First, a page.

I cannot speak to you any more of myself; not of my past life, nor
  of my character, nor of an affection almost maternal on one side,
  filial on mine, which you have already seriously changed—an
  effect upon my life which must explain my use of the word
  “sacrifice.” You have already rendered me forgetful, if not
  ungrateful; does that satisfy you? Oh, speak! Say to me one word,
  and I will love you till my eyes close in death, as the Marquis de
  Pescaire loved his wife, as Romeo loved Juliet, and faithfully.
  Our life will be, for me at least, that “felicity untroubled”
   which Dante made the very element of his Paradiso,—a poem far
  superior to his Inferno. Strange, it is not myself that I doubt in
  the long reverie through which, like you, I follow the windings of
  a dreamed existence; it is you. Yes, dear, I feel within me the
  power to love, and to love endlessly,—to march to the grave with
  gentle slowness and a smiling eye, with my beloved on my arm, and
  with never a cloud upon the sunshine of our souls. Yes, I dare to
  face our mutual old age, to see ourselves with whitening heads,
  like the venerable historian of Italy, inspired always with the
  same affection but transformed in soul by our life’s seasons. Hear
  me, I can no longer be your friend only. Though Chrysale, Geronte,
  and Argante re-live, you say, in me, I am not yet old enough to
  drink from the cup held to my lips by the sweet hands of a veiled
  woman without a passionate desire to tear off the domino and the
  mask and see the face. Either write me no more, or give me hope.
  Let me see you, or let me go. Must I bid you adieu? Will you
  permit me to sign myself,

  Your Friend?
  To Monsieur de Canalis,—What flattery! with what rapidity is the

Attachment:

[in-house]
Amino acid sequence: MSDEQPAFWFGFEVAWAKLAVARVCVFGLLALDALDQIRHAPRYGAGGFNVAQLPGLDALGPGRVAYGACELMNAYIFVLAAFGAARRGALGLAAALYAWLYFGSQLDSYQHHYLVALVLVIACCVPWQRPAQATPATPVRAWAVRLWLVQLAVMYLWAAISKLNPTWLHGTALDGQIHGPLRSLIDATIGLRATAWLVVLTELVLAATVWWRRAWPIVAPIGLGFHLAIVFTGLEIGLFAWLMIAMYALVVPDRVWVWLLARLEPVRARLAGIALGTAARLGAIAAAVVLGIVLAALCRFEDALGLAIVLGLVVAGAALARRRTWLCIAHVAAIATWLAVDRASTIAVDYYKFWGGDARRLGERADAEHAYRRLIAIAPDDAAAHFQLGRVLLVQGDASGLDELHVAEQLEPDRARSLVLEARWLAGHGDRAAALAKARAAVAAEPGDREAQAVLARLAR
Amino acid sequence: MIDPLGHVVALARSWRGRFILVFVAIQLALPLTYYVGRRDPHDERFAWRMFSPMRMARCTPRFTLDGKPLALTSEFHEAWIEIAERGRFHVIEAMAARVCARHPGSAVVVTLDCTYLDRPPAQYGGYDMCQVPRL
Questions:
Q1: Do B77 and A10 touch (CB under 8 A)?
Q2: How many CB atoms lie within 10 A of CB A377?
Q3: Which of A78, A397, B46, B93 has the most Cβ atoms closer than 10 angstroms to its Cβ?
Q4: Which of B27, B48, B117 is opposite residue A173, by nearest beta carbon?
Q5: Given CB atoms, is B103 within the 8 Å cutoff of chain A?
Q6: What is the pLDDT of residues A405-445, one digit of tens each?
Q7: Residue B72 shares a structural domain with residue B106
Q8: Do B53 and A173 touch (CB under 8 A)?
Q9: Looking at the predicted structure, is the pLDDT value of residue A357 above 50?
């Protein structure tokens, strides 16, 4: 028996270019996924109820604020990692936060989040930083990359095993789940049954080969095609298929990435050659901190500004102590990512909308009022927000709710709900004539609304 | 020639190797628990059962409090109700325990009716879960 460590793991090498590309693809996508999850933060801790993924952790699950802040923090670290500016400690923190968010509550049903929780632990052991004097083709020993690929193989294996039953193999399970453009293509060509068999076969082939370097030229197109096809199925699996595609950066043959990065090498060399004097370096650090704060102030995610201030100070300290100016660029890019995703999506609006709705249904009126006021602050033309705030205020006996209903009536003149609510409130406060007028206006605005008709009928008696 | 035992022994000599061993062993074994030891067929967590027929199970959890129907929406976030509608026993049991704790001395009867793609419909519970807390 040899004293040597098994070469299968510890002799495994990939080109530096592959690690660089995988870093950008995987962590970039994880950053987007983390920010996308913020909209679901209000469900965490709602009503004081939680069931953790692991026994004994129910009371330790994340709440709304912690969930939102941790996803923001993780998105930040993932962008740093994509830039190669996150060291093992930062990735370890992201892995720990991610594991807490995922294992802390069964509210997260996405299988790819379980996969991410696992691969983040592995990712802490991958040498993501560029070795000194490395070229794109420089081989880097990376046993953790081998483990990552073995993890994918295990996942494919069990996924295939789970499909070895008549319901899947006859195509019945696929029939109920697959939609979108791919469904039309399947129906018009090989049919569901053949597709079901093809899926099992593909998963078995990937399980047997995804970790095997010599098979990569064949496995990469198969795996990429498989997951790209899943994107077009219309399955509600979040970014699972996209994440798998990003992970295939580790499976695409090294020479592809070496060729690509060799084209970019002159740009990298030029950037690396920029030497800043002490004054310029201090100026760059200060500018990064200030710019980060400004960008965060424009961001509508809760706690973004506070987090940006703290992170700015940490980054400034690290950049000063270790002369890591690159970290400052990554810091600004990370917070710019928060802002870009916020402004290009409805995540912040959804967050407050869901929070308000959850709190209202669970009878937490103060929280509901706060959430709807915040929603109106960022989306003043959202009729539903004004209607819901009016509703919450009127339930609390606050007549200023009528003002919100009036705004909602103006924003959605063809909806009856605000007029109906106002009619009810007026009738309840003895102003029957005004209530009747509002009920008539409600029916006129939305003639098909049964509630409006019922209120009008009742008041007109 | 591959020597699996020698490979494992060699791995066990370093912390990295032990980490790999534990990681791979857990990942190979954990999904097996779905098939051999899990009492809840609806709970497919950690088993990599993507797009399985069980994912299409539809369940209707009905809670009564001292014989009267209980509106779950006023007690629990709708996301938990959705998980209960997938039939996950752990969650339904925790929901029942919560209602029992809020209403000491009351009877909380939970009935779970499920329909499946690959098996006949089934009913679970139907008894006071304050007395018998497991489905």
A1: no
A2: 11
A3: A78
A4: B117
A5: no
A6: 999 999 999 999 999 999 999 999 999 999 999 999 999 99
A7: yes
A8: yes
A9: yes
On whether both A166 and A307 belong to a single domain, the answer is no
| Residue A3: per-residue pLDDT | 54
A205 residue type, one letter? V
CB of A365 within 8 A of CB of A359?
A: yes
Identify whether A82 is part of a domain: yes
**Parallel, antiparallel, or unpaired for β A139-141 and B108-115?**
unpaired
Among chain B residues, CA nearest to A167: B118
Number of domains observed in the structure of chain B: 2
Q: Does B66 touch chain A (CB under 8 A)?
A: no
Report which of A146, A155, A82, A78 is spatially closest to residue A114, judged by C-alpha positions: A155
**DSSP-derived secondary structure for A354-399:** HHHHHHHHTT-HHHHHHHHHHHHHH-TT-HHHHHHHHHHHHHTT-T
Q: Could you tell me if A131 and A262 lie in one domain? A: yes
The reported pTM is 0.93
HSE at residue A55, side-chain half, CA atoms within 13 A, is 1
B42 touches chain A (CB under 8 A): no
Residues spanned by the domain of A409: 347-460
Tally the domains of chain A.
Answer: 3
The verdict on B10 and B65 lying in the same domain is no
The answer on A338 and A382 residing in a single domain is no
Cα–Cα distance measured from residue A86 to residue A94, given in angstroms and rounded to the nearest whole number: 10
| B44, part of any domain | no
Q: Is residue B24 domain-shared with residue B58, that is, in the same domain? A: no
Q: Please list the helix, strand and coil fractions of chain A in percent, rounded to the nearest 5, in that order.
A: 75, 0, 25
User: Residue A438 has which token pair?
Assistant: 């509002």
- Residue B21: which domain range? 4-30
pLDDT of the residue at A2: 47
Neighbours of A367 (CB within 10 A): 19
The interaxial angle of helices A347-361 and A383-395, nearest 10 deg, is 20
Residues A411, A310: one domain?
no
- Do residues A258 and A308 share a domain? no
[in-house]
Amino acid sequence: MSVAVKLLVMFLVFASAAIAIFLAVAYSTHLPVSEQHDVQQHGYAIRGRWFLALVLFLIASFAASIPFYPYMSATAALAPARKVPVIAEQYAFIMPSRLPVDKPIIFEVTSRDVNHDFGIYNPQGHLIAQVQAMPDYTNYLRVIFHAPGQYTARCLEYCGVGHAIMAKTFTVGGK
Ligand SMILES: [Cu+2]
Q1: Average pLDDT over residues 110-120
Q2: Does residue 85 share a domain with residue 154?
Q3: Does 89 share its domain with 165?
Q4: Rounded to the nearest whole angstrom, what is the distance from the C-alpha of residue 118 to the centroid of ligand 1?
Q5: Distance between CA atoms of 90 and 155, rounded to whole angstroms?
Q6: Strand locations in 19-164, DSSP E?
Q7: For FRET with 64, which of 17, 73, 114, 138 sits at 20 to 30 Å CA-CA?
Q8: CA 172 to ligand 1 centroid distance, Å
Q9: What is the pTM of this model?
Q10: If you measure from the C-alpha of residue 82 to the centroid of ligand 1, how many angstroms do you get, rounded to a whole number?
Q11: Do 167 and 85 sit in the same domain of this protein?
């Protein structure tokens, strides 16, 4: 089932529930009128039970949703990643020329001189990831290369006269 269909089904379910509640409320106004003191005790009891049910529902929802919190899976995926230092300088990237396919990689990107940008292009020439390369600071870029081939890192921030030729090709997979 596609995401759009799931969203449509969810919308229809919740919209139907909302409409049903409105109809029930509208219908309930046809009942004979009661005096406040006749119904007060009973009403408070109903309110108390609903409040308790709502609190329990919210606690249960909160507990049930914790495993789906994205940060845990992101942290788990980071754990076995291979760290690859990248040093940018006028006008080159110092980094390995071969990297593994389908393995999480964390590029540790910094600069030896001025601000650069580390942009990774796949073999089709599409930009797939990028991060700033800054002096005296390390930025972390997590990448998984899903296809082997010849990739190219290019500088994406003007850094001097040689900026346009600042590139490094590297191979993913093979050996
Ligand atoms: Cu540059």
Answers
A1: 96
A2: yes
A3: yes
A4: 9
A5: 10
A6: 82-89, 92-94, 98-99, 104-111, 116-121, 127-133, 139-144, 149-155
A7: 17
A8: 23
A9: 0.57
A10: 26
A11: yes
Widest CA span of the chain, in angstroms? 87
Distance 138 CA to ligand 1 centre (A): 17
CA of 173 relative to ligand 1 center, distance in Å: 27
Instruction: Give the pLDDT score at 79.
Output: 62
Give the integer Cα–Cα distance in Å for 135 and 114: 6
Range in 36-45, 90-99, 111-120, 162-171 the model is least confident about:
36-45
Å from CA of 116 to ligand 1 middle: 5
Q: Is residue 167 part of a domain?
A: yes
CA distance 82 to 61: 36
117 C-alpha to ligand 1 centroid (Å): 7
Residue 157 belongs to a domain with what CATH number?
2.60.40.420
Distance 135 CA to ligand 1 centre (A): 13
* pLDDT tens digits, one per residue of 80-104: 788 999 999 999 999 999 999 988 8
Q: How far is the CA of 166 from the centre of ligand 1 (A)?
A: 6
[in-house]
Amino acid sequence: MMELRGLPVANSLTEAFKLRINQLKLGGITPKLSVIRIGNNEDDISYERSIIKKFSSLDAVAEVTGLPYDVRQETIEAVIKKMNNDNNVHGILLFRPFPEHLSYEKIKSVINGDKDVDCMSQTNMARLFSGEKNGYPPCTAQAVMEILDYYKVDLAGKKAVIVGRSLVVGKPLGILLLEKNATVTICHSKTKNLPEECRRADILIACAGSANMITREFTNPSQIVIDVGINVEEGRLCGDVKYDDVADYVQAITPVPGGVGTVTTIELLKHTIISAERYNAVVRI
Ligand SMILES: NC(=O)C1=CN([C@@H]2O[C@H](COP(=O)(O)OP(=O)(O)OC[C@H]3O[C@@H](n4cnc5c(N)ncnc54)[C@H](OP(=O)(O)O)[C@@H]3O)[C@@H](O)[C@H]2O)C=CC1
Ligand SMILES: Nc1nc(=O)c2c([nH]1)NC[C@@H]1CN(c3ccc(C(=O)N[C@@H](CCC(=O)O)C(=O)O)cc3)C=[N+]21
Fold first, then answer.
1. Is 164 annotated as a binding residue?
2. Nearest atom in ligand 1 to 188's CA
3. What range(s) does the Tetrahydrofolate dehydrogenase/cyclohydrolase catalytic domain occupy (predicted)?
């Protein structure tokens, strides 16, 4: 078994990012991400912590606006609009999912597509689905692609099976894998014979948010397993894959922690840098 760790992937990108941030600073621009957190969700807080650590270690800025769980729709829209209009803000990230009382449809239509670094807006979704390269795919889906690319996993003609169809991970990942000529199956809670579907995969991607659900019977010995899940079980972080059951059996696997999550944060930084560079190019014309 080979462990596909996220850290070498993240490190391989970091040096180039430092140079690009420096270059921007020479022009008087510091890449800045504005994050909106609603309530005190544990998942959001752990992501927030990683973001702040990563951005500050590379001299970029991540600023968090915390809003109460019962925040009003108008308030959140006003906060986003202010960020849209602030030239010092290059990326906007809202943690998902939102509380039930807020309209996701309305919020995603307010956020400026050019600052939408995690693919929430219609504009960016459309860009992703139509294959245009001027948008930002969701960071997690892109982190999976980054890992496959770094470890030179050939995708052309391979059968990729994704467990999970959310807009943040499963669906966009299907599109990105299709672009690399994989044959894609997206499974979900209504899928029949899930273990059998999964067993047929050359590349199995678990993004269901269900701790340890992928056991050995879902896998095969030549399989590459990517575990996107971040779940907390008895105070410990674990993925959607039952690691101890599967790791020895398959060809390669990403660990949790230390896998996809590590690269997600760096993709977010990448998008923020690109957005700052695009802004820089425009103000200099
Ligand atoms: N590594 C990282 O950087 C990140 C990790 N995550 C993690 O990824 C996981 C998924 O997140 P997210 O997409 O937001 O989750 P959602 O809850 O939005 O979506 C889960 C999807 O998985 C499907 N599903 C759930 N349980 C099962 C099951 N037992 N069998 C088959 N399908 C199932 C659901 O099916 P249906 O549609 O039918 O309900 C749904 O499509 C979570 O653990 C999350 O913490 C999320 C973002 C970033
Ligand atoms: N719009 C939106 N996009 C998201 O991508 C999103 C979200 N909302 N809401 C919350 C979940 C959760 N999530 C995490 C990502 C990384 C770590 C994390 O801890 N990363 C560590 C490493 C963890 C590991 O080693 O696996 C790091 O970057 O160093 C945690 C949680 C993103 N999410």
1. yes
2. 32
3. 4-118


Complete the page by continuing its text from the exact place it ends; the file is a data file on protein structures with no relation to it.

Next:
grave Anselme transformed into a handsome Leander! To what must I
  attribute such a change? to this black which I put upon this
  white? to these ideas which are to the flowers of my soul what a
  rose drawn in charcoal is to the roses in the garden? Or is it to
  a recollection of the young girl whom you took for me, and who is
  personally as like me as a waiting-woman is like her mistress?
  Have we changed roles? Have I the sense? have you the fancy? But a
  truce with jesting.

  Your letter has made me know the elating pleasures of the soul;
  the first that I have known outside of my family affections. What,
  says a poet, are the ties of blood which are so strong in ordinary
  minds, compared to those divinely forged within us by mysterious
  sympathies? Let me thank you—no, we must not thank each other for
  such things—but God bless you for the happiness you have given
  me; be happy in the joy you have shed into my soul. You explain to
  me some of the apparent injustices in social life. There is
  something, I know not what, so dazzling, so virile in glory, that
  it belongs only to man; God forbids us women to wear its halo, but
  he makes love our portion, giving us the tenderness which soothes
  the brow scorched by his lightnings. I have felt my mission, and
  you have now confirmed it.

  Sometimes, my friend, I rise in the morning in a state of
  inexpressible sweetness; a sort of peace, tender and divine, gives
  me an idea of heaven. My first thought is then like a benediction.
  I call these mornings my little German wakings, in opposition to
  my Southern sunsets, full of heroic deeds, battles, Roman fetes
  and ardent poems. Well, after reading your letter, so full of
  feverish impatience, I felt in my heart all the freshness of my
  celestial wakings, when I love the air about me and all nature,
  and fancy that I am destined to die for one I love. One of your
  poems, “The Maiden’s Song,” paints these delicious moments, when
  gaiety is tender, when aspiration is a need; it is one of my
  favorites. Do you want me to put all my flatteries into one?—well
  then, I think you worthy to be me!

  Your letter, though short, enables me to read within you. Yes, I
  have guessed your tumultuous struggles, your piqued curiosity,
  your projects; but I do not yet know you well enough to satisfy
  your wishes. Hear me, dear; the mystery in which I am shrouded
  allows me to use that word, which lets you see to the bottom of my
  heart. Hear me: if we once meet, adieu to our mutual
  comprehension! Will you make a compact with me? Was the first
  disadvantageous to you? But remember it won you my esteem, and it
  is a great deal, my friend, to gain an admiration lined throughout